The below graph shows 2011 isn't an anomaly. U.S. multinational corporations have been moving jobs offshore and creating jobs offshore for quite some time.
U.S. multinationals managed to reduce their United States employees by 0.9% in just a single year. In 2011 only 66.3% of their total staff was located inside the United States. In 1989, that figure was 79%. The below graph shows how U.S. corporations are expanding their hiring abroad while flatlining the U.S.
Meanwhile foreign companies operating in the United States are employing more people here. They increased their U.S. employment by 3.3% in 2011. The increased hiring by foreign companies is literally dismissed due to new U.S. acquisitions in the BEA report. The thing is, U.S. multinationals acquire new companies and thus new staff all of the time and the results are often unfortunate, mass downsizing and firings.
Apologists will argue that U.S. multinationals are simply hiring where their sales are and abroad is where expansion is happening. They point to the percentage change in sales made abroad vs. in the United States as shown in the below graph. In 2011 sales in foreign lands increased 15.8% whereas U.S.sales increased 9.4%.
The first thing to notice is how sales dramatically increased while America had an employment crisis and eroding wages. The real kicker is the next graph. The majority of sales are still in the United States. In 2011, these multinationals had sales in America worth $10.7 trillion while their foreign country sales were almost half that, $5.9 trillion. This means these companies are obviously offshore outsourcing for sales ratios are not proportionate to their disappearing U.S. staff. Foreign companies' sales on the other hand, statewide increased 11.9% in 2011, 6.9% in 2010. In other words, on the whole foreign companies are hiring more proportionately to their U.S. sales inside the country.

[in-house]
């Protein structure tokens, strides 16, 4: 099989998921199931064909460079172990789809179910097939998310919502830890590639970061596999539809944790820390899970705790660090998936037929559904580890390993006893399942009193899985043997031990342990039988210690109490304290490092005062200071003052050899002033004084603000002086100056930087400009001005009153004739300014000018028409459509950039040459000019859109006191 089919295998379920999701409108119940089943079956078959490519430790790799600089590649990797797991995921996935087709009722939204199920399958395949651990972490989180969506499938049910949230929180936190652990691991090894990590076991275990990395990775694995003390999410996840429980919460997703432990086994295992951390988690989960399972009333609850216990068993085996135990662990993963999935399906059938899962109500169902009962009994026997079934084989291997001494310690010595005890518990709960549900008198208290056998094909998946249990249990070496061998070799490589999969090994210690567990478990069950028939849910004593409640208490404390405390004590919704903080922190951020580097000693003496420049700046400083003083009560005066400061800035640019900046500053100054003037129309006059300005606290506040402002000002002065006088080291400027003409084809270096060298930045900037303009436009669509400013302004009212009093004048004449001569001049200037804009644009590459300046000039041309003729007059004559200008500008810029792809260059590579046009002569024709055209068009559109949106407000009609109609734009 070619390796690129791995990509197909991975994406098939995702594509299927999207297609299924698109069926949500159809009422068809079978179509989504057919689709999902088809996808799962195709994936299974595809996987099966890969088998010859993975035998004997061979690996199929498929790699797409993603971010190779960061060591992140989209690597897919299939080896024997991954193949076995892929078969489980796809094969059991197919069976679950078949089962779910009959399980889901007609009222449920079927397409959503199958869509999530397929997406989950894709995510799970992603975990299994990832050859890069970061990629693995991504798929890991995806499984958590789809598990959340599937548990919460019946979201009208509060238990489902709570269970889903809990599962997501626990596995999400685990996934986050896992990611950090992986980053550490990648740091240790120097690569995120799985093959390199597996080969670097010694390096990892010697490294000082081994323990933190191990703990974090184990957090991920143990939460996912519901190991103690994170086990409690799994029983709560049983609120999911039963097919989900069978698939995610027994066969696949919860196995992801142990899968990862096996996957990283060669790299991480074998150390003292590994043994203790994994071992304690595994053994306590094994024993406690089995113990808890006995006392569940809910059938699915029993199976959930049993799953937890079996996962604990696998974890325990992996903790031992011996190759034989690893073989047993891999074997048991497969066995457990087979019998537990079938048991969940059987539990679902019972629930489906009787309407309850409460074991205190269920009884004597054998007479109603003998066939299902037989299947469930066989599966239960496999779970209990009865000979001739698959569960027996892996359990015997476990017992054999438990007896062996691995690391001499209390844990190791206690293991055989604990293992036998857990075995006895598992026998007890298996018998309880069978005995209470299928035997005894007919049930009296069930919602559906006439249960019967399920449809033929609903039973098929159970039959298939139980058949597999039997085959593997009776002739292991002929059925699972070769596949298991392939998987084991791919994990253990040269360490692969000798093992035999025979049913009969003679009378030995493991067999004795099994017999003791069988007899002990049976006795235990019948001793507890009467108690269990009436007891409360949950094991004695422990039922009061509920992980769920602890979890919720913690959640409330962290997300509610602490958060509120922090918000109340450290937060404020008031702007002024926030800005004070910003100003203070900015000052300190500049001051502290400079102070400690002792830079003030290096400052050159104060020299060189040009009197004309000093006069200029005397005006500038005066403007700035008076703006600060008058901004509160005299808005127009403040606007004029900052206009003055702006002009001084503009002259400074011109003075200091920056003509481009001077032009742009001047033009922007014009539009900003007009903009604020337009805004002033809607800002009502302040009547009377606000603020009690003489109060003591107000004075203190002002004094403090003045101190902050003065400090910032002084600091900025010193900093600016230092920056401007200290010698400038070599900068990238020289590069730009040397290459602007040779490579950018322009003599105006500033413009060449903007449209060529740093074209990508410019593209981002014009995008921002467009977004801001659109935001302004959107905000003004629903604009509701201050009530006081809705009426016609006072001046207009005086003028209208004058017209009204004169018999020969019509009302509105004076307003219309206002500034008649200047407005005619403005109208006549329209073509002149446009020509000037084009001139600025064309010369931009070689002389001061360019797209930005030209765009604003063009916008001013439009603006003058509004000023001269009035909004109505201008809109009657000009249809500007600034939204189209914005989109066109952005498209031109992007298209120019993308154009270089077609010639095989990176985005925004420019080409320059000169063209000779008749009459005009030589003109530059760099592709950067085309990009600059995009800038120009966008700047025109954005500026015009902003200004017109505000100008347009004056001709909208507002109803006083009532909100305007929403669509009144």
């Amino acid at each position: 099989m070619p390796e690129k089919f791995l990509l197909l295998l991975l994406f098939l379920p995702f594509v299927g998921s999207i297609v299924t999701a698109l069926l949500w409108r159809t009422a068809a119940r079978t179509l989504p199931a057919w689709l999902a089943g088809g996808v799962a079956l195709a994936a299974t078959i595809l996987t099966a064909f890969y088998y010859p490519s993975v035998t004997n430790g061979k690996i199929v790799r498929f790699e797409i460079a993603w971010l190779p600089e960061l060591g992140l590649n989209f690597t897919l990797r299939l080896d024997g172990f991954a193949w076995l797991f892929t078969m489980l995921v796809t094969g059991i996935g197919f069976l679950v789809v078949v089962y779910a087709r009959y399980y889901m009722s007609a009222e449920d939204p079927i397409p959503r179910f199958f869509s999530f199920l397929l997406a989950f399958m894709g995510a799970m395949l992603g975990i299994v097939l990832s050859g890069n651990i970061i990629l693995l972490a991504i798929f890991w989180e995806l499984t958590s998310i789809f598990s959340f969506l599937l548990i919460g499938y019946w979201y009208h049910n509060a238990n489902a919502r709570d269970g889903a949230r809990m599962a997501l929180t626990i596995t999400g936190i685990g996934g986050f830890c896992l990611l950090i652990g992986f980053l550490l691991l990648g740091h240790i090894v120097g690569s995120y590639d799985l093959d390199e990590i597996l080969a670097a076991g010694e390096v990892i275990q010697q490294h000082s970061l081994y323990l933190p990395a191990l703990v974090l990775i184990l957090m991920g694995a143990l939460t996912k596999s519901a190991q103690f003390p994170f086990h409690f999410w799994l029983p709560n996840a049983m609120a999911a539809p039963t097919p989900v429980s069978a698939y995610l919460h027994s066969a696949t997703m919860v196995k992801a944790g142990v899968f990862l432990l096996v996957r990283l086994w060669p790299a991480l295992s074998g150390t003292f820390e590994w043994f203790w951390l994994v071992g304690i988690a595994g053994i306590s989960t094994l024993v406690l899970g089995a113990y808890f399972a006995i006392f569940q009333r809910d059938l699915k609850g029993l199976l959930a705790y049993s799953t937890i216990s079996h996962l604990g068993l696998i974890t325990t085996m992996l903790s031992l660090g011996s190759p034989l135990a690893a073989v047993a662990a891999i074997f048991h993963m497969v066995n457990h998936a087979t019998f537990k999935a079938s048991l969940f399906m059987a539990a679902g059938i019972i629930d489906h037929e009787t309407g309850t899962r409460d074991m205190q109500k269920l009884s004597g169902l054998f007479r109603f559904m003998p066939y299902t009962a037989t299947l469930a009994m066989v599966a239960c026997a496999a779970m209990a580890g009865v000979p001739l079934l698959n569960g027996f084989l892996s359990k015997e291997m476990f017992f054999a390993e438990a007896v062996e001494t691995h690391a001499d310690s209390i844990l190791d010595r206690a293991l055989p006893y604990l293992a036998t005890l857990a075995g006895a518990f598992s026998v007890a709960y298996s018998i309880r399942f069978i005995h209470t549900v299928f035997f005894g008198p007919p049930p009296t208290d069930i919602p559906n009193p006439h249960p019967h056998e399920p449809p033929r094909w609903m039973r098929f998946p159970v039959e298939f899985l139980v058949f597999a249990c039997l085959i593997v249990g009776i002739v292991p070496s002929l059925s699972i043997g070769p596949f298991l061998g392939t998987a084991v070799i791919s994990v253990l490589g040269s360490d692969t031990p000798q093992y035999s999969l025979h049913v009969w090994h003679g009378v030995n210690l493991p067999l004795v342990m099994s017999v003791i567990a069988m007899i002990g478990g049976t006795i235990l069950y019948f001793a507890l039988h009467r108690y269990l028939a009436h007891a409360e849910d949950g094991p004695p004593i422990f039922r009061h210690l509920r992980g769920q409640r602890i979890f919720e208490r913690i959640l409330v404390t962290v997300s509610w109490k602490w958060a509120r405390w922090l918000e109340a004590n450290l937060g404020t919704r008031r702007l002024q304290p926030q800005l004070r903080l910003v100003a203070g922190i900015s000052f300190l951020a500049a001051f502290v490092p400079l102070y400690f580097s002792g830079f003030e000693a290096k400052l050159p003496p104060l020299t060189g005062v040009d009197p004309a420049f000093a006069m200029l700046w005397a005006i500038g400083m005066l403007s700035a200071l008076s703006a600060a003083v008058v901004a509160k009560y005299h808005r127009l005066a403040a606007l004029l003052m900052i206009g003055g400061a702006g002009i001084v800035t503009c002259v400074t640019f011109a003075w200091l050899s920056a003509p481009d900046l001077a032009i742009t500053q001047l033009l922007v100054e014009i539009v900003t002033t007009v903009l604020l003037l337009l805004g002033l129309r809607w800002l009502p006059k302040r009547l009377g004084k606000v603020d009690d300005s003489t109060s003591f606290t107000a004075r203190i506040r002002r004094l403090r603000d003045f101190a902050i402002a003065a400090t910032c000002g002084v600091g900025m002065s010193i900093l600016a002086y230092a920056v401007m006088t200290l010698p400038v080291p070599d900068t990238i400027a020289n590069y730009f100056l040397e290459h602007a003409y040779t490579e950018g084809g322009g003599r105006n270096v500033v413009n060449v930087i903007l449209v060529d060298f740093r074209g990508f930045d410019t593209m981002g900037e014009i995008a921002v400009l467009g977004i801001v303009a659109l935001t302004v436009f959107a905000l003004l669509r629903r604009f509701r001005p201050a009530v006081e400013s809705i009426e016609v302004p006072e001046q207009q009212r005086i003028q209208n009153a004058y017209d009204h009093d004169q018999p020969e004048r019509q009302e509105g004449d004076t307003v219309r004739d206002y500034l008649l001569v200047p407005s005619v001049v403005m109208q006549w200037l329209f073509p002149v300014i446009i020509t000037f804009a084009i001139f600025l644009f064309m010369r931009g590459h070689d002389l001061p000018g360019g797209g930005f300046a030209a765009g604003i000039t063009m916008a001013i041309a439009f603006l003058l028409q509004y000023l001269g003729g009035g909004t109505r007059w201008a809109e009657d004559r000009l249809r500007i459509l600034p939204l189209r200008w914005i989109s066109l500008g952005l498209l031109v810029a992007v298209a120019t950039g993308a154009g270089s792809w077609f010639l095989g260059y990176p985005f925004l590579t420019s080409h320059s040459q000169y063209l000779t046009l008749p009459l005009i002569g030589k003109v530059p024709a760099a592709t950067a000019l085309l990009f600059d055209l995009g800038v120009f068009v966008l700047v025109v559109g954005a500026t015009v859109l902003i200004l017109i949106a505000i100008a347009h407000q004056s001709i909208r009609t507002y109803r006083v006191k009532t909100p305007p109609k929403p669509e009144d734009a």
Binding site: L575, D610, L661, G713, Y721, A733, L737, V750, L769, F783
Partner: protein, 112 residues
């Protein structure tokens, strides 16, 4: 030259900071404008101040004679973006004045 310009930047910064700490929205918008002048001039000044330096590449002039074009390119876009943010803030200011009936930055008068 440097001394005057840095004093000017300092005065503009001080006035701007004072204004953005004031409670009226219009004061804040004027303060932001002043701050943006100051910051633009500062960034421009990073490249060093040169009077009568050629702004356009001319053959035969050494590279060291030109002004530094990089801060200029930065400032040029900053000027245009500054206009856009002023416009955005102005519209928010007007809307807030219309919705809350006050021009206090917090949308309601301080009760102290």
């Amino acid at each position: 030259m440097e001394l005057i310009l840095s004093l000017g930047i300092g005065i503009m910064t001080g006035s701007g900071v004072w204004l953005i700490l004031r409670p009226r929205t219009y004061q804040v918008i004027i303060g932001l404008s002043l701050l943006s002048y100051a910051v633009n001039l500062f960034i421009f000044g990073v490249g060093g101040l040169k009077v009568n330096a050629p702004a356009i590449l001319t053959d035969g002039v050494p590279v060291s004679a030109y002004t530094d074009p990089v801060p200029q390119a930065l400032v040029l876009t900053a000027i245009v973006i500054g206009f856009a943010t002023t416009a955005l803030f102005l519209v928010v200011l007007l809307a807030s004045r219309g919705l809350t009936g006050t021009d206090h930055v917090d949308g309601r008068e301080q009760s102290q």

Another telling sign workers are being labor arbitraged by U.S. multinationals is capital expenditures. U.S. multinationals have more capital expenditures domestically than abroad. In 2011 capital expenditures state-side were $514.5 billion whereas foreign capital spending was $192.0 billion. The thing is, one can buy equipment, fleets of automobiles in the United States, turn around to lease and ship them to their foreign affiliates abroad. Again some of this buy here, lease there, license elsewhere, is for profit shifting. Multnationals obtain tax write offs in high tax nations, and use land-lease international manipulations, again, all to avoid taxes. Foreign companies operating in the United States on the other hand, increased their U.S. capital expenditures by 12.3% in 2011.
Economist Bruce Bartlett also shows how companies force sales in tax havens, all to avoid hiring American workers and pay U.S. taxes, which reinforces the statistics outlined above.
The major role of R.&D. in large cash holdings may reflect the greater opportunities for tax avoidance among businesses that can easily transfer intangible property abroad without having to move production operations or jobs to other countries. It is a simple matter for companies holding patents, copyrights or trademarks to transfer them to foreign subsidiaries and realize the profits accruing to them in lower-taxed jurisdictions.